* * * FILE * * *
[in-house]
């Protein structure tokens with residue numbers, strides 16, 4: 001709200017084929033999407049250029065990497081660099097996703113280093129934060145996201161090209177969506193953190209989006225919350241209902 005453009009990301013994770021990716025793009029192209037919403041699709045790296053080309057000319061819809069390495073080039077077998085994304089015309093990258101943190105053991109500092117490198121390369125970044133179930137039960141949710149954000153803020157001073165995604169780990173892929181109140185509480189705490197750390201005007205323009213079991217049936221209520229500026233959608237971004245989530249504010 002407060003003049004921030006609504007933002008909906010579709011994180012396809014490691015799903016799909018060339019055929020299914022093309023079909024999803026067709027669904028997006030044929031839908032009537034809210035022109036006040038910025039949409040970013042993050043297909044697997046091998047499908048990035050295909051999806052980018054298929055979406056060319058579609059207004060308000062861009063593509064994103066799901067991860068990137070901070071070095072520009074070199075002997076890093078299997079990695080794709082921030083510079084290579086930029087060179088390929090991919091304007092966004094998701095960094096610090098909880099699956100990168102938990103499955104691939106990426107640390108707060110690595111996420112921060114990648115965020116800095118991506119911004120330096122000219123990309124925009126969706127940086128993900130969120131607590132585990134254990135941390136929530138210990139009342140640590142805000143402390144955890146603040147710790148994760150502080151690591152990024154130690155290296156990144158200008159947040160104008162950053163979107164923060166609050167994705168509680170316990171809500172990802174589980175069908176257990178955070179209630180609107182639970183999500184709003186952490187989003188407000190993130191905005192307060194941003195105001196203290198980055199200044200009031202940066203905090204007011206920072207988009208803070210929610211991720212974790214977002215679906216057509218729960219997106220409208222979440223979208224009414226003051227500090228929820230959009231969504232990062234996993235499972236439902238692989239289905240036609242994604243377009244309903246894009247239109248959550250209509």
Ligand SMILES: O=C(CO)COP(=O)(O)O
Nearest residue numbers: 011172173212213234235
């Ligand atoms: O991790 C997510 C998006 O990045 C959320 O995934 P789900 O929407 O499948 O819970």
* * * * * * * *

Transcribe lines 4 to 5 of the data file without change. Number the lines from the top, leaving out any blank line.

Nearest residue numbers: 011172173212213234235
């Ligand atoms: O991790 C997510 C998006 O990045 C959320 O995934 P789900 O929407 O499948 O819970």